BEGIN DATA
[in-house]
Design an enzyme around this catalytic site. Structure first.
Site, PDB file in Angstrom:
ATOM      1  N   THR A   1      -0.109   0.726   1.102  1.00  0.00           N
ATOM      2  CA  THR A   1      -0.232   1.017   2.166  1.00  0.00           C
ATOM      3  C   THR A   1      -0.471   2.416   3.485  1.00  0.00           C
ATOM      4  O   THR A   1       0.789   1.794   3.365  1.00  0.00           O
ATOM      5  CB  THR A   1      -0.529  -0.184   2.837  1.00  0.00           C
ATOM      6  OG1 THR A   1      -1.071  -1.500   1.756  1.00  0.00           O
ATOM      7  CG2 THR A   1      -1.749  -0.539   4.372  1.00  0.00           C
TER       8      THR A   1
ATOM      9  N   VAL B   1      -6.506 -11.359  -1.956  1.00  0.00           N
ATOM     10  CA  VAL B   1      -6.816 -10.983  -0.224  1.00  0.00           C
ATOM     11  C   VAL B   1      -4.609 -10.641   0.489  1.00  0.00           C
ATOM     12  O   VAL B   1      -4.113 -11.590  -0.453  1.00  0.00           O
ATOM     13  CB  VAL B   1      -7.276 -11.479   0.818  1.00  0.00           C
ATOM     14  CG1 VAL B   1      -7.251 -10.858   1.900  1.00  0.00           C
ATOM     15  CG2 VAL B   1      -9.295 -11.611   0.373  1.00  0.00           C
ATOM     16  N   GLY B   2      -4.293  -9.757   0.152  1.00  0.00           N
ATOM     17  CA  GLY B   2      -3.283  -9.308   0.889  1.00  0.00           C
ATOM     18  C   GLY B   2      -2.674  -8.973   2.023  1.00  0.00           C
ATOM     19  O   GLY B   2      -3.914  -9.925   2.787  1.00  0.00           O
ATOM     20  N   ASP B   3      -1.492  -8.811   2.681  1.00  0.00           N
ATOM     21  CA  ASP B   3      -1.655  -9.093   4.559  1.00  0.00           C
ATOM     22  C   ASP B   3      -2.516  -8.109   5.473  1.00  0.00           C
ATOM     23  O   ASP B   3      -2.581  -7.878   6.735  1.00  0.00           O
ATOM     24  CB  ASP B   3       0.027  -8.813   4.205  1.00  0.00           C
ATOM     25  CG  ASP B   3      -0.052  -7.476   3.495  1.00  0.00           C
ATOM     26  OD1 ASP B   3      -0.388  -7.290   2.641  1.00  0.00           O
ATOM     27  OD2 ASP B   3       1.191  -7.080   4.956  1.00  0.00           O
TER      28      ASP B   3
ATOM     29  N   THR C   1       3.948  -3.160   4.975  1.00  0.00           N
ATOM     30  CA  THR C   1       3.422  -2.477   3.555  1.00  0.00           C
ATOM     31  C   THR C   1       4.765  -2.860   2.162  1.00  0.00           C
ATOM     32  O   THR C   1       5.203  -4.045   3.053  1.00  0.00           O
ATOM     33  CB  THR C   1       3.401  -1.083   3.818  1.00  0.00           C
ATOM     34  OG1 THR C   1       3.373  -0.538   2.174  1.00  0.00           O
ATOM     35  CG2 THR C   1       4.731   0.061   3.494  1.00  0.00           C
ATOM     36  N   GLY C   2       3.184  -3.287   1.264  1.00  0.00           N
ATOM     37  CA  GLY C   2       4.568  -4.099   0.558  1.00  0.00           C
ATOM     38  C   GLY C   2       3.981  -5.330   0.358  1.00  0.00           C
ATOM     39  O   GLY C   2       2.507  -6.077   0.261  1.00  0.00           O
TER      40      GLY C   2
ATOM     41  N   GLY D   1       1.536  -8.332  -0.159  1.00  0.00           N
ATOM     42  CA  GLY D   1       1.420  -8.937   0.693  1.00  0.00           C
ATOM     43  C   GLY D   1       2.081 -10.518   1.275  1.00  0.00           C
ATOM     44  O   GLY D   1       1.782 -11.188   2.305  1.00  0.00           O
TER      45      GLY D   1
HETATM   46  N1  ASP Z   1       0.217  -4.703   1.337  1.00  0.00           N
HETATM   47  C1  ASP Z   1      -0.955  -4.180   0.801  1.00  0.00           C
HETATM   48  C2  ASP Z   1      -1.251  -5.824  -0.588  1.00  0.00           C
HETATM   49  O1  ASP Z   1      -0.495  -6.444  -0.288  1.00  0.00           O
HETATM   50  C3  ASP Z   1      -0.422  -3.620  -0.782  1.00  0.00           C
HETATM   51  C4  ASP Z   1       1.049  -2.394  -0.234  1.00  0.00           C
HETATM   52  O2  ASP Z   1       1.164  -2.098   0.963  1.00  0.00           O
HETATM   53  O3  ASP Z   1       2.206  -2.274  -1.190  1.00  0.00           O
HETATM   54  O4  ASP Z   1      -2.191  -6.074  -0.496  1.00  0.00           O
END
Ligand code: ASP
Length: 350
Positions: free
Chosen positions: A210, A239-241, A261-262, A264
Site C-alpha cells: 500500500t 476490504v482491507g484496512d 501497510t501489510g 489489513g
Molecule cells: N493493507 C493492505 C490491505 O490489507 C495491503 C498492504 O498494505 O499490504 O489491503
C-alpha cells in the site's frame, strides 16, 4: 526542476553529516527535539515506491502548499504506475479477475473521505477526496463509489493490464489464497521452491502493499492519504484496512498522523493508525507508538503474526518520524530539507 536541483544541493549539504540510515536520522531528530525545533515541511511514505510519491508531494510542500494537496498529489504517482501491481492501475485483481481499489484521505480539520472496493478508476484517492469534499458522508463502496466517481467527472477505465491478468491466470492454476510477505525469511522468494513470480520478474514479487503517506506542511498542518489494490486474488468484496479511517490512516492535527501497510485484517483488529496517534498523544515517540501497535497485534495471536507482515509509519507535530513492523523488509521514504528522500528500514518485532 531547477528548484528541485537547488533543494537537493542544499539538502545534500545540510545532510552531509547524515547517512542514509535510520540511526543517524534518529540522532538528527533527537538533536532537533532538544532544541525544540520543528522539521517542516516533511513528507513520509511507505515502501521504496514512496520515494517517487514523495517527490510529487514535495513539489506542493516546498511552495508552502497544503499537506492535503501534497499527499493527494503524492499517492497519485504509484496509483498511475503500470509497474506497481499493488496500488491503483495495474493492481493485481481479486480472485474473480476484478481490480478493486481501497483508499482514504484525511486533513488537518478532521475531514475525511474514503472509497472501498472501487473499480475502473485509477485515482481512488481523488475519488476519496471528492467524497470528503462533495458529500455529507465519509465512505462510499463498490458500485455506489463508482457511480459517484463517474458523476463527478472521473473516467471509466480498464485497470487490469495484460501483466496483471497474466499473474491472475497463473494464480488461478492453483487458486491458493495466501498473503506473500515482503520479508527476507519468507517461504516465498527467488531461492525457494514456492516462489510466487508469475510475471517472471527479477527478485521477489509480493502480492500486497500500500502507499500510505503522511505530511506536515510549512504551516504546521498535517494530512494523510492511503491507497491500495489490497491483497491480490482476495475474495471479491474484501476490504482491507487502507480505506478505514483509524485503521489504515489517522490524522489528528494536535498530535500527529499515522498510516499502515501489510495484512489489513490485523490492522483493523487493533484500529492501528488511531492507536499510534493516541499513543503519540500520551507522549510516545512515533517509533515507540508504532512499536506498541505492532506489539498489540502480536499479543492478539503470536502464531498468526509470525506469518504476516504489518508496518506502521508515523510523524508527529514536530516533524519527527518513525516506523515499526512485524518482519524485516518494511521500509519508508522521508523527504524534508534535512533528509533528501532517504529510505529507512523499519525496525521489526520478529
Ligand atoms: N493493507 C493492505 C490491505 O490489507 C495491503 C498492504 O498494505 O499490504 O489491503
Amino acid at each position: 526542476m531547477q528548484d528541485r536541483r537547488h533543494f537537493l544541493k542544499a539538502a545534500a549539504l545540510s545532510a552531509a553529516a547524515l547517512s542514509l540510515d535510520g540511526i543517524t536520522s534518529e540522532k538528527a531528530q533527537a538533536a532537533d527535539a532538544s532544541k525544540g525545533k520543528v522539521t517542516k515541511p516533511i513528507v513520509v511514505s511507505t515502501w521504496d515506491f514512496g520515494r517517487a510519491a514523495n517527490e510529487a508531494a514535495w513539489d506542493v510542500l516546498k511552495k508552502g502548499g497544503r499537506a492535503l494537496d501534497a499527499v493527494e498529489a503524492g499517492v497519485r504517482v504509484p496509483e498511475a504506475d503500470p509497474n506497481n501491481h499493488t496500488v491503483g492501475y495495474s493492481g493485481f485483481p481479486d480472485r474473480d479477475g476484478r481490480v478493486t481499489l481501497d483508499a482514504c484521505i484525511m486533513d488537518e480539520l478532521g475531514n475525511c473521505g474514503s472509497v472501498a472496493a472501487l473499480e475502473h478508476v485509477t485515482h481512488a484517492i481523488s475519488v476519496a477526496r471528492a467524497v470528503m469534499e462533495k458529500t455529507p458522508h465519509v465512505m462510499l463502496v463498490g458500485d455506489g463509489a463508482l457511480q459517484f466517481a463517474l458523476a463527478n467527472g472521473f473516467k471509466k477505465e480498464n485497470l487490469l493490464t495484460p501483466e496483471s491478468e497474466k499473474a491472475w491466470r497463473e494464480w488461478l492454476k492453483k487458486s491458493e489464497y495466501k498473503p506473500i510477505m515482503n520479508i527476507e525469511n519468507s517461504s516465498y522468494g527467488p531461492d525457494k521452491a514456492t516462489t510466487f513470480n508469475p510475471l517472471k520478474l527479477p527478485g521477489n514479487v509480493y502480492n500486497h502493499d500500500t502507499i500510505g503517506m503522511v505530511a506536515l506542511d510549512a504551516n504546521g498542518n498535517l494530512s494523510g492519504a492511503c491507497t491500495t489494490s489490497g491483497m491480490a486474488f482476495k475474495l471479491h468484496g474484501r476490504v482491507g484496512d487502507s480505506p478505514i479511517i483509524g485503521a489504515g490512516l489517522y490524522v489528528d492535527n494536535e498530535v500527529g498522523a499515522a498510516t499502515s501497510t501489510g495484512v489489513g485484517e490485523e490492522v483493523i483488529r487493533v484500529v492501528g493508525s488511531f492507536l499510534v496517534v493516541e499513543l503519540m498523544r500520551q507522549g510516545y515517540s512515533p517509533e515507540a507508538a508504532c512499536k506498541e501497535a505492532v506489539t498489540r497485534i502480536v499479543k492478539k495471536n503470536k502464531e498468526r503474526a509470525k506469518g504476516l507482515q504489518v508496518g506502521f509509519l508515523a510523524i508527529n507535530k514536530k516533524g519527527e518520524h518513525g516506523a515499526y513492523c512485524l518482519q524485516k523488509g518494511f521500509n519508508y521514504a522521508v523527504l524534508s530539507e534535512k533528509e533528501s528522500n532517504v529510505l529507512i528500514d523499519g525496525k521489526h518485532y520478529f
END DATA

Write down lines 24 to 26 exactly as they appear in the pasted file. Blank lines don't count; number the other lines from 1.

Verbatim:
ATOM     21  CA  ASP B   3      -1.655  -9.093   4.559  1.00  0.00           C
ATOM     22  C   ASP B   3      -2.516  -8.109   5.473  1.00  0.00           C
ATOM     23  O   ASP B   3      -2.581  -7.878   6.735  1.00  0.00           O